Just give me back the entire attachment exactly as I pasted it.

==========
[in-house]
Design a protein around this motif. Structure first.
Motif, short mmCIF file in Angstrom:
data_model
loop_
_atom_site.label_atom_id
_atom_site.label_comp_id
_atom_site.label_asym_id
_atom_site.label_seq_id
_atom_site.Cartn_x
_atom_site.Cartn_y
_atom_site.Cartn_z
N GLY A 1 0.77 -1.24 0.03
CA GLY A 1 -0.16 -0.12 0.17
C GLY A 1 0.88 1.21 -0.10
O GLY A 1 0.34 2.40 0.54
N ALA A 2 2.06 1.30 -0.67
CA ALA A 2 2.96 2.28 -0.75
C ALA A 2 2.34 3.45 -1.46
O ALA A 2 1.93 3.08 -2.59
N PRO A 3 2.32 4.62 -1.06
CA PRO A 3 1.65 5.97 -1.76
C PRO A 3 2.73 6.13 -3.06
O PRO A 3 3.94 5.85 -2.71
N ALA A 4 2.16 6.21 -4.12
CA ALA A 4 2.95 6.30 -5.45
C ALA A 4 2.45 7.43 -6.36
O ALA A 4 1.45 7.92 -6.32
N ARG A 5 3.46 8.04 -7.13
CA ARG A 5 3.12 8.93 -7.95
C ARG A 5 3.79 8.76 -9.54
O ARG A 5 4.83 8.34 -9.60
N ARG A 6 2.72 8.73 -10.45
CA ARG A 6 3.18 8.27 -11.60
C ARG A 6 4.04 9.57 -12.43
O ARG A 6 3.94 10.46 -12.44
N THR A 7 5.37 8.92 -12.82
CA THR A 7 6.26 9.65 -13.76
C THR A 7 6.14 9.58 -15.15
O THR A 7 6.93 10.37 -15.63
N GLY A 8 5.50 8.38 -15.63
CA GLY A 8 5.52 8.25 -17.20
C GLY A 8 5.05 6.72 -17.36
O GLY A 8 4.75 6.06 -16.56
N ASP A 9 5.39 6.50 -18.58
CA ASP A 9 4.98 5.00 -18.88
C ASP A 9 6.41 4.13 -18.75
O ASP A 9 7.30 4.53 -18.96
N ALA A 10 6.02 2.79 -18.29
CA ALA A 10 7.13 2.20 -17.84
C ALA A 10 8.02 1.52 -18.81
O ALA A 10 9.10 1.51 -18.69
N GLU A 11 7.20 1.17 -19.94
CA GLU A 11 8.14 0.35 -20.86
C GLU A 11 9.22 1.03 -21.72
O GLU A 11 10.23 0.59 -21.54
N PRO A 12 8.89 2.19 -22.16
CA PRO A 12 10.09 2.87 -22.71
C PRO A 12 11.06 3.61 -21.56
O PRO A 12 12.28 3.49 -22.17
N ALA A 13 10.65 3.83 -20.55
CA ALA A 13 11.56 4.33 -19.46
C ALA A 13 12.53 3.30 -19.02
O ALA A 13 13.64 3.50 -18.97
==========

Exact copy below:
[in-house]
Design a protein around this motif. Structure first.
Motif, short mmCIF file in Angstrom:
data_model
loop_
_atom_site.label_atom_id
_atom_site.label_comp_id
_atom_site.label_asym_id
_atom_site.label_seq_id
_atom_site.Cartn_x
_atom_site.Cartn_y
_atom_site.Cartn_z
N GLY A 1 0.77 -1.24 0.03
CA GLY A 1 -0.16 -0.12 0.17
C GLY A 1 0.88 1.21 -0.10
O GLY A 1 0.34 2.40 0.54
N ALA A 2 2.06 1.30 -0.67
CA ALA A 2 2.96 2.28 -0.75
C ALA A 2 2.34 3.45 -1.46
O ALA A 2 1.93 3.08 -2.59
N PRO A 3 2.32 4.62 -1.06
CA PRO A 3 1.65 5.97 -1.76
C PRO A 3 2.73 6.13 -3.06
O PRO A 3 3.94 5.85 -2.71
N ALA A 4 2.16 6.21 -4.12
CA ALA A 4 2.95 6.30 -5.45
C ALA A 4 2.45 7.43 -6.36
O ALA A 4 1.45 7.92 -6.32
N ARG A 5 3.46 8.04 -7.13
CA ARG A 5 3.12 8.93 -7.95
C ARG A 5 3.79 8.76 -9.54
O ARG A 5 4.83 8.34 -9.60
N ARG A 6 2.72 8.73 -10.45
CA ARG A 6 3.18 8.27 -11.60
C ARG A 6 4.04 9.57 -12.43
O ARG A 6 3.94 10.46 -12.44
N THR A 7 5.37 8.92 -12.82
CA THR A 7 6.26 9.65 -13.76
C THR A 7 6.14 9.58 -15.15
O THR A 7 6.93 10.37 -15.63
N GLY A 8 5.50 8.38 -15.63
CA GLY A 8 5.52 8.25 -17.20
C GLY A 8 5.05 6.72 -17.36
O GLY A 8 4.75 6.06 -16.56
N ASP A 9 5.39 6.50 -18.58
CA ASP A 9 4.98 5.00 -18.88
C ASP A 9 6.41 4.13 -18.75
O ASP A 9 7.30 4.53 -18.96
N ALA A 10 6.02 2.79 -18.29
CA ALA A 10 7.13 2.20 -17.84
C ALA A 10 8.02 1.52 -18.81
O ALA A 10 9.10 1.51 -18.69
N GLU A 11 7.20 1.17 -19.94
CA GLU A 11 8.14 0.35 -20.86
C GLU A 11 9.22 1.03 -21.72
O GLU A 11 10.23 0.59 -21.54
N PRO A 12 8.89 2.19 -22.16
CA PRO A 12 10.09 2.87 -22.71
C PRO A 12 11.06 3.61 -21.56
O PRO A 12 12.28 3.49 -22.17
N ALA A 13 10.65 3.83 -20.55
CA ALA A 13 11.56 4.33 -19.46
C ALA A 13 12.53 3.30 -19.02
O ALA A 13 13.64 3.50 -18.97